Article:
+44 1803 865913
By: Geoffrey Parker(Author)
352 pages, 20 b/w illustrations
First published in 2013, Geoffrey Parker's prize-winning best seller Global Crisis analyzes the unprecedented calamities – revolutions, droughts, famines, invasions, wars, and regicides – that befell the mid-seventeenth-century world and wiped out as much as one-third of the global population. This period, dubbed the "General Crisis" by historians, extended from England to Japan, from the Russian Empire to sub-Saharan Africa, and affected the Americas too. Examining firsthand accounts of the crises and scrutinizing the prevailing weather patterns during the 1640s and 1650s – longer and harsher winters, and cooler and wetter summers – Parker reveals climate change to be the root cause, and lays out evidence of disrupted growing seasons causing malnutrition, disease, a higher death toll, and fewer births.
This new abridged edition distills the original book's prodigious research for a broader audience while retaining and indeed emphasizing Parker's extraordinary historical achievement: his dazzling demonstration of the link between climate change and worldwide catastrophe 350 years ago. Yet, the contemporary implications of his study are equally important: are we prepared today for the catastrophes that climate change could bring tomorrow? At half the original length, this user-friendly abridgment is ideal for students and general readers seeking a rapid handle on the key issues.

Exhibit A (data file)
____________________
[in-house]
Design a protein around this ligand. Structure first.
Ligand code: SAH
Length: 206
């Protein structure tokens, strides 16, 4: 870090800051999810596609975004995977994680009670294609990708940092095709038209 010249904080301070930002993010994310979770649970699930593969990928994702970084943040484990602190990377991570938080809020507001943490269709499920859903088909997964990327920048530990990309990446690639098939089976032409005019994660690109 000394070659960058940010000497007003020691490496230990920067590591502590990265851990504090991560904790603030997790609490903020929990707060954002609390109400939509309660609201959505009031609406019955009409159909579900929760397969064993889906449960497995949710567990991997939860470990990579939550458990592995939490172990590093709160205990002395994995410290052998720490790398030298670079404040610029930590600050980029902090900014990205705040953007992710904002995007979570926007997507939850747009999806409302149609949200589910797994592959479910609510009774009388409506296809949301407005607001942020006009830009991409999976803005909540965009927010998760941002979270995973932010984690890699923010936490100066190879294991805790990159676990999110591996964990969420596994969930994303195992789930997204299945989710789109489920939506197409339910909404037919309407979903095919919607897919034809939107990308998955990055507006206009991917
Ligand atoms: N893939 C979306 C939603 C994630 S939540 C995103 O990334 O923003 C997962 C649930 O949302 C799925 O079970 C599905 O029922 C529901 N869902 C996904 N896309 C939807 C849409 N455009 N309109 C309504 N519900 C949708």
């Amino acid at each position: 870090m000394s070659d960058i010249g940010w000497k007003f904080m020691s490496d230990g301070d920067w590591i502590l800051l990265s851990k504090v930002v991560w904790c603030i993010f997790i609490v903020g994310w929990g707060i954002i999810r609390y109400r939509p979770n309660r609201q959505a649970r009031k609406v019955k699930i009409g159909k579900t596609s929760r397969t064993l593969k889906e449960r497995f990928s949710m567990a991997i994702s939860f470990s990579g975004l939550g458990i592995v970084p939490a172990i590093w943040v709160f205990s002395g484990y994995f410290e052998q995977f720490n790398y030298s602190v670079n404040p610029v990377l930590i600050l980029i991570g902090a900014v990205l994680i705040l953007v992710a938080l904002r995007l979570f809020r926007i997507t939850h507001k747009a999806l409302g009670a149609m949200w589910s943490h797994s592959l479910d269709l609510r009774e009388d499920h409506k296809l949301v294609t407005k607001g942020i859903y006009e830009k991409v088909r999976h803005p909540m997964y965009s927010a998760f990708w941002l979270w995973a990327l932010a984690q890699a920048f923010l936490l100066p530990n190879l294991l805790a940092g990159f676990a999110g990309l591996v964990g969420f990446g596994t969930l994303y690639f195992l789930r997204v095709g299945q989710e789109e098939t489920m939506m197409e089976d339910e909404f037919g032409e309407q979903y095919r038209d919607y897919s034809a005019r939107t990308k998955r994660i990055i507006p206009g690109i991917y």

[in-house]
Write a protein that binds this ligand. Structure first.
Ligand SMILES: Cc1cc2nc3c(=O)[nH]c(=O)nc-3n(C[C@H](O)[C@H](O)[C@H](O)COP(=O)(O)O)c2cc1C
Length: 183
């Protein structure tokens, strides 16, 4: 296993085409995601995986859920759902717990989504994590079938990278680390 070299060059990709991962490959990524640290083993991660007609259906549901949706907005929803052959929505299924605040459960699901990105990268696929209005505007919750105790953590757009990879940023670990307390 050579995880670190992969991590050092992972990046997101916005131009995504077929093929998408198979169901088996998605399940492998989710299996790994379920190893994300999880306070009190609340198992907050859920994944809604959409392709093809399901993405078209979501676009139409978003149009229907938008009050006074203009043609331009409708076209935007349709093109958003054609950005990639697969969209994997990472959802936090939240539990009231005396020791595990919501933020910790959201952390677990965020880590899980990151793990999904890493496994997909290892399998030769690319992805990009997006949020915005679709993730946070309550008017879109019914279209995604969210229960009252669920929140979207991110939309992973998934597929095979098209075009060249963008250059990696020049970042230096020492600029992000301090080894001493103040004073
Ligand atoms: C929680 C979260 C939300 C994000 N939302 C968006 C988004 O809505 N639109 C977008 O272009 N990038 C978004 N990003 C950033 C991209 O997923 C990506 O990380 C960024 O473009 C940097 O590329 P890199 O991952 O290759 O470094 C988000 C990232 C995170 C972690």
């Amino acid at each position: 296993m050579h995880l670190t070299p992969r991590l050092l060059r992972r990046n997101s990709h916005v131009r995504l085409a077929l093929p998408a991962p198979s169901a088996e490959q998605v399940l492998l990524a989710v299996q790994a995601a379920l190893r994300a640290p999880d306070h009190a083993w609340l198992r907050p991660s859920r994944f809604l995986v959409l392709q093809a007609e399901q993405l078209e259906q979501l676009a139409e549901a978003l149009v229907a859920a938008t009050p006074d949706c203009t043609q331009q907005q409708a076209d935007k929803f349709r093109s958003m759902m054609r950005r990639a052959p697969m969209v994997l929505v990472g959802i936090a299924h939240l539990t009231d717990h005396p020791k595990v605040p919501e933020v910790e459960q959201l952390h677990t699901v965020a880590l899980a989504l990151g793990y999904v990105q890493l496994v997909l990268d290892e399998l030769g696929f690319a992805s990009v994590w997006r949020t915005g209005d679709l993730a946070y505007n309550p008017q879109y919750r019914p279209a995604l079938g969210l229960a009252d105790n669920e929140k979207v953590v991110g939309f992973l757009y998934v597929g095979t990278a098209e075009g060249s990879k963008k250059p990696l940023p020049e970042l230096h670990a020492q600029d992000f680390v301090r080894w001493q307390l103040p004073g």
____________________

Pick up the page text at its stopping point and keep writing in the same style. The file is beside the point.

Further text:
There are currently no reviews for this product. Be the first to review this product!
Geoffrey Parker is Andreas Dorpalen Professor of History and associate of the Mershon Center at The Ohio State University, and the 2012 winner of the Heineken Prize for History. He lives in Columbus, OH.
Your orders support book donation projects
The efficiency of supply, favourable pricing, and the friendly personal service we receive, makes dealing with NHBS a real pleasure
Search and browse over 110,000 wildlife and science products
Multi-currency. Secure worldwide shipping
Wildlife, science and conservation since 1985